See also: opposé

English edit

Etymology edit

From Middle English opposen, from Old French opposer, from Latin ob (before, against) + Medieval Latin pono (to put), taking the place of Latin opponere (to oppose).

Pronunciation edit

Verb edit

oppose (third-person singular simple present opposes, present participle opposing, simple past and past participle opposed)

  1. To attempt to stop the progression of; to resist or antagonize by physical means, or by arguments, etc.; to contend against.
    Synonyms: confront, withstand, resist, hinder, obstruct, buck
    to oppose the king in battle
    to oppose a bill in Congress
    There is still time to oppose this plan.
  2. To object to.
    Synonyms: take issue with, speak out, contest, repugn, argue
    Many religious leaders oppose cloning humans.
  3. To present or set up in opposition; to pose.
    They are opposed to any form of hierarchy.
    • 1689 December (indicated as 1690), [John Locke], Two Treatises of Government: [], London: [] Awnsham Churchill, [], →OCLC:
      , Book I
      I may [] oppose my single opinion to his.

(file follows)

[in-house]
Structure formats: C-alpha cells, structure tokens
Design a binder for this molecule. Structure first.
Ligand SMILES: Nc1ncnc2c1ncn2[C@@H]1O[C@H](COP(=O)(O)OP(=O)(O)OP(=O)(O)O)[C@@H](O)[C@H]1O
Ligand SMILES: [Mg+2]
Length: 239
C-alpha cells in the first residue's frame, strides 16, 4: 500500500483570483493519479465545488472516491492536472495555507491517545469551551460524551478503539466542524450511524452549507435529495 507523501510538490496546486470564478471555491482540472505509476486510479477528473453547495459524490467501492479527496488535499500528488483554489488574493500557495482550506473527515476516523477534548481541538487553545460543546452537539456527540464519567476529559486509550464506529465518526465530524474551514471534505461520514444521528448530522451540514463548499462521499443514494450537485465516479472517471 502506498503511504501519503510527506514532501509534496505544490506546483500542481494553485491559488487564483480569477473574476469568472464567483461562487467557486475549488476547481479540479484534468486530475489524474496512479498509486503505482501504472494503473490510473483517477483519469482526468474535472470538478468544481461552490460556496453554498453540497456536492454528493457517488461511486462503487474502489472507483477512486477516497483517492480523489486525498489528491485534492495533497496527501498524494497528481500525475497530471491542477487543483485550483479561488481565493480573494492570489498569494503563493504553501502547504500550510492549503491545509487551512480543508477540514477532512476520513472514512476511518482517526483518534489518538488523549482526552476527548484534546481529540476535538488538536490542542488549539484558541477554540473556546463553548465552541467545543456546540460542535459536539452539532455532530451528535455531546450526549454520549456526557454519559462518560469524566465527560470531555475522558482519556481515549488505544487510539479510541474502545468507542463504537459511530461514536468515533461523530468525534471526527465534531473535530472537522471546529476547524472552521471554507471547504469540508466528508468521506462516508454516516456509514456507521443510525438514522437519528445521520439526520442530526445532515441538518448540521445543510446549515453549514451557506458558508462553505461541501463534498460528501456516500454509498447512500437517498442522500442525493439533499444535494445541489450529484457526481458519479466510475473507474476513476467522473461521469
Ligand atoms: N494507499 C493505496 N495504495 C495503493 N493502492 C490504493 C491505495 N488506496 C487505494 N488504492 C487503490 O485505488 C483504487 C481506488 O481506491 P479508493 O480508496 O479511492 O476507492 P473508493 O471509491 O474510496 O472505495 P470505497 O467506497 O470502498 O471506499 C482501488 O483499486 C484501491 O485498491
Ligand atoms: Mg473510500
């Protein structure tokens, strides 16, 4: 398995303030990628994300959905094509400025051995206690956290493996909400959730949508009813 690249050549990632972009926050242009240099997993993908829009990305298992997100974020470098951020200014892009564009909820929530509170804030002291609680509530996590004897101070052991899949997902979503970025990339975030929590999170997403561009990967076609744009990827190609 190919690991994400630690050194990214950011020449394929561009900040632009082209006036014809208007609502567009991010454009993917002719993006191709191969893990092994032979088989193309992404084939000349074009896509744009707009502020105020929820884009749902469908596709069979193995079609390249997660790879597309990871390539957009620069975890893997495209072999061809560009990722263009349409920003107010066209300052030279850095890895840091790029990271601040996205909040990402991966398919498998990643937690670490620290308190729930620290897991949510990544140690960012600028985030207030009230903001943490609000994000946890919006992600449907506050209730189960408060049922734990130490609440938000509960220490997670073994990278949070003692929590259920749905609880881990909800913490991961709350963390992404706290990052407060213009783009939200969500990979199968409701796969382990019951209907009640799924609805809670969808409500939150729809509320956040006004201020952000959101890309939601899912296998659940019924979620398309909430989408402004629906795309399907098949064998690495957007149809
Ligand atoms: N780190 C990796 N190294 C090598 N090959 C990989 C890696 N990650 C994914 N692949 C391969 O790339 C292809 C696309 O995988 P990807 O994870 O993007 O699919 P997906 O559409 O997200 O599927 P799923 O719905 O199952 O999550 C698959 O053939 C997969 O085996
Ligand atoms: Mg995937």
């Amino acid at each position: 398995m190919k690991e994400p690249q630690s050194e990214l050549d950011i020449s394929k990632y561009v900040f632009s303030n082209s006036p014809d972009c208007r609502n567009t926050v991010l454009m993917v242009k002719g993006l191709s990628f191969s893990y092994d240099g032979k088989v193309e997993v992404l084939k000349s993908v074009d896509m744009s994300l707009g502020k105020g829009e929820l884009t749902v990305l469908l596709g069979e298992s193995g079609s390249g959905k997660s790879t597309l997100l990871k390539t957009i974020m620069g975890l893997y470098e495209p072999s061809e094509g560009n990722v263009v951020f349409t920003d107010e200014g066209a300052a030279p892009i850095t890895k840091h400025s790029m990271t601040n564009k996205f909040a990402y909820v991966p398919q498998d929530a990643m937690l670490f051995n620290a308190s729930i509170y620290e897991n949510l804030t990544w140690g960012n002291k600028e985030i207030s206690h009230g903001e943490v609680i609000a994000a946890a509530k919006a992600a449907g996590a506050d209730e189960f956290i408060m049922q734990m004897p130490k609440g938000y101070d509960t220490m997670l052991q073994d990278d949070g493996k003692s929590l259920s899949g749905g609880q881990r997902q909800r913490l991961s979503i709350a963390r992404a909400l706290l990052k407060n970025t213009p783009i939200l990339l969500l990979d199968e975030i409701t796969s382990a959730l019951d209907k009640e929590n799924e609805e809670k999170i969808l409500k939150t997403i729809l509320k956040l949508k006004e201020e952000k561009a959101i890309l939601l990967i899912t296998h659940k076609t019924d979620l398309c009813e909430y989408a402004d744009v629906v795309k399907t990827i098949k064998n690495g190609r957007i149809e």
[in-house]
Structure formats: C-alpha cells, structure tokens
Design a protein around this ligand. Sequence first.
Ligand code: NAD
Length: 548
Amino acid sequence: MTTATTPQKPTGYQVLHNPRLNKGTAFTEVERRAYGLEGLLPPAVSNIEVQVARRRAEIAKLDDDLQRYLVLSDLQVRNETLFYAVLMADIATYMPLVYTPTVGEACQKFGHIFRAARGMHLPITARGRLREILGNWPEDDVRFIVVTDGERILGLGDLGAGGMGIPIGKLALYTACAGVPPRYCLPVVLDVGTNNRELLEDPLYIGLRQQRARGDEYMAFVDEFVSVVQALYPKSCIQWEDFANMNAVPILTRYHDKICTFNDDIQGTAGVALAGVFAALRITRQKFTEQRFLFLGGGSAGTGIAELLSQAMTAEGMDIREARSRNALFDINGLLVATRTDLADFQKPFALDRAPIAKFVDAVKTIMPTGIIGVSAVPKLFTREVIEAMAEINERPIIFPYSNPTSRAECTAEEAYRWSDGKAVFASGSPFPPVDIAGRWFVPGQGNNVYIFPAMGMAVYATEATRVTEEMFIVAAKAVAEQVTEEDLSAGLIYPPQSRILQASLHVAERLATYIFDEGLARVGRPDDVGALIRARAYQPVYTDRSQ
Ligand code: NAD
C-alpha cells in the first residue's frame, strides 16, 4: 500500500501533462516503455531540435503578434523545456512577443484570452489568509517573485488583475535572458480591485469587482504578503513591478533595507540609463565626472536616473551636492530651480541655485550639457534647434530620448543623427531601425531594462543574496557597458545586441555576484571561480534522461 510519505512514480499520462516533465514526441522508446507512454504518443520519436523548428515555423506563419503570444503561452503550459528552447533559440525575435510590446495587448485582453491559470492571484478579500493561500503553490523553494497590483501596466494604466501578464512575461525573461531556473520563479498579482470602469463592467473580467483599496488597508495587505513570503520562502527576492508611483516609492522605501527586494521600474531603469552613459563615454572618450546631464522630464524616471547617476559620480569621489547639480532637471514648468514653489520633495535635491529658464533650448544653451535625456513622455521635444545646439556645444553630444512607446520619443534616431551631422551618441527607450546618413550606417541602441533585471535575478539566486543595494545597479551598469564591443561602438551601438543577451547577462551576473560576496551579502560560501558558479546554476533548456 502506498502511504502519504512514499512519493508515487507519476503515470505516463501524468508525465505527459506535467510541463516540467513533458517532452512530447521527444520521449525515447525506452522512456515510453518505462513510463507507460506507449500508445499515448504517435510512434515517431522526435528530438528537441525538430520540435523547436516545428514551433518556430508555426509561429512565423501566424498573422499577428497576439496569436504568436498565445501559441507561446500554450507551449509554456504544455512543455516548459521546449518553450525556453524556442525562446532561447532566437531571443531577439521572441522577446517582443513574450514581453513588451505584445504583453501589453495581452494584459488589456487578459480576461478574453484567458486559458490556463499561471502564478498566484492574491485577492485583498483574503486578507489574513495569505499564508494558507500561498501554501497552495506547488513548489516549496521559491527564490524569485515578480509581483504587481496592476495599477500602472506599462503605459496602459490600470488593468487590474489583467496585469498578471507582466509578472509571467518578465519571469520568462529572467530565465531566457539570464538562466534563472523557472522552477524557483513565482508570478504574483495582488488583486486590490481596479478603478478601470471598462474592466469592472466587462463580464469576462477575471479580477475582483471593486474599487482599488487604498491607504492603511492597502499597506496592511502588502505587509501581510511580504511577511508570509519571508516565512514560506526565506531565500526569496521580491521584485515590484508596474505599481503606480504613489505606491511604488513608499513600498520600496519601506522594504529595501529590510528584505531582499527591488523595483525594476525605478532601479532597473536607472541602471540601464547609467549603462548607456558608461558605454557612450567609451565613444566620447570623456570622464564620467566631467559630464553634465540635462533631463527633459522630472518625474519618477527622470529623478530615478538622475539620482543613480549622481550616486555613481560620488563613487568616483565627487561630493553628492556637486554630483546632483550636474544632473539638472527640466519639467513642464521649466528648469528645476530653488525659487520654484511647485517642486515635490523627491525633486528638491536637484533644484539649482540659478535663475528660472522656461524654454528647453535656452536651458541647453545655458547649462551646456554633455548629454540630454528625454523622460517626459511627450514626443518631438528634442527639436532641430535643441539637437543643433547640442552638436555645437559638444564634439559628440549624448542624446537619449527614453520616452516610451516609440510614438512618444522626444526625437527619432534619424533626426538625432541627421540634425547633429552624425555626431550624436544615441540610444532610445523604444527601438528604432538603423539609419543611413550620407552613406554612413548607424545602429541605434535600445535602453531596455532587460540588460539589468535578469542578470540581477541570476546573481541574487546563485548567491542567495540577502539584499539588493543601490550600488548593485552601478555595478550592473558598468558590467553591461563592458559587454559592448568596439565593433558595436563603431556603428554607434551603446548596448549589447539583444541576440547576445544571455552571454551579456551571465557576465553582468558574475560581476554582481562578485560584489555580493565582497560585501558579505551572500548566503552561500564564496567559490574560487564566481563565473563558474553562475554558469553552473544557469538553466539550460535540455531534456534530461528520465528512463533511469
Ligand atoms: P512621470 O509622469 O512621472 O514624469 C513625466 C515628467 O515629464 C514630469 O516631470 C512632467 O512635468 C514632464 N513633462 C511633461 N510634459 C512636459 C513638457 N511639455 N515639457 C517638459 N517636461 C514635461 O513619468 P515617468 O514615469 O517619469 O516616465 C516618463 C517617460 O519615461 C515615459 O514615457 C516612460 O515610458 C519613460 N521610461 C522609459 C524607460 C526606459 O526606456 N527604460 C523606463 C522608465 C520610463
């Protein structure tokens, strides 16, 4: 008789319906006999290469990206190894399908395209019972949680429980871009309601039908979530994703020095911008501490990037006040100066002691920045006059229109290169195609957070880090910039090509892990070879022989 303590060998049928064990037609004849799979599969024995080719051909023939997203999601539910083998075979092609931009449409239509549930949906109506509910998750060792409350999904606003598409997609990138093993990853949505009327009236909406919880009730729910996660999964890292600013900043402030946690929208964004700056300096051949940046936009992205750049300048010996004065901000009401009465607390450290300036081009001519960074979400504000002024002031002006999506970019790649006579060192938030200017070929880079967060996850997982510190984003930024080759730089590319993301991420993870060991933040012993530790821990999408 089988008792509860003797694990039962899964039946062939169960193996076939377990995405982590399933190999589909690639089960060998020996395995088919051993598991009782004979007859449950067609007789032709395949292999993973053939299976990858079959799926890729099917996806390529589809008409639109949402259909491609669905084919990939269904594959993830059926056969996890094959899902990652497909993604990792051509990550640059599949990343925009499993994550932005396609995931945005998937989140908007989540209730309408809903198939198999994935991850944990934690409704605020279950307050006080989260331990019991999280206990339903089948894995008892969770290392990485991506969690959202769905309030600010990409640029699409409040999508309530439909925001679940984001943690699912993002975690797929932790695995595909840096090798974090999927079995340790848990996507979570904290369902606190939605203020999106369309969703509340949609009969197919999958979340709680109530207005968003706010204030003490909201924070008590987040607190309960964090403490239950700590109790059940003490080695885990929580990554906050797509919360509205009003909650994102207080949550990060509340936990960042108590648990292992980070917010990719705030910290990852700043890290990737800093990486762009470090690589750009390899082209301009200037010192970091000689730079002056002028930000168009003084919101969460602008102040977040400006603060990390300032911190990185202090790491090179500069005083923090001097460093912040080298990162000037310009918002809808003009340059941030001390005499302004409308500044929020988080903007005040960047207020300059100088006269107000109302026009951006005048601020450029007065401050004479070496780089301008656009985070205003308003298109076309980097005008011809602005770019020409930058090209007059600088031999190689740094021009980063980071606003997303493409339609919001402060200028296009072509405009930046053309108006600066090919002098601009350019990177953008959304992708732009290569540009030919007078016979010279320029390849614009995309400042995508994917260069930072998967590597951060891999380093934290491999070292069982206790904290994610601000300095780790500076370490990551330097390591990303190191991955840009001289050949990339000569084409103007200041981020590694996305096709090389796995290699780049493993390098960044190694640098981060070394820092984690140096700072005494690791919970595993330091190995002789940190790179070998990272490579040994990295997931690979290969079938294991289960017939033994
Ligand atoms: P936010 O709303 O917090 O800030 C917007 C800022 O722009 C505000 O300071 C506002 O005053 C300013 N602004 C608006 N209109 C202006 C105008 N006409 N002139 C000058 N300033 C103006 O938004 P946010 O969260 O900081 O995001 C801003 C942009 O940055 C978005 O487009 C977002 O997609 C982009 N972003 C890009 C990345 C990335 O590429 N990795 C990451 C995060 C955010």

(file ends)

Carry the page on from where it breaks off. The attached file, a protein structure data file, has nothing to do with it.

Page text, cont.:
• 1839, Philip Meadows Taylor, Confessions of a Thug:
      [T]hree walls had been left standing, with large intervals between each; and they would certainly oppose a most formidable interruption to an invader.
  4. To place in front of, or over against; to set opposite; to exhibit.

Synonyms edit

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Translations edit

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Further reading edit

Anagrams edit

French edit

Pronunciation edit

Verb edit


  1. inflection of opposer:
    1. first/third-person singular present indicative/subjunctive
    2. second-person singular imperative

Italian edit

Verb edit


  1. third-person singular past historic of opporre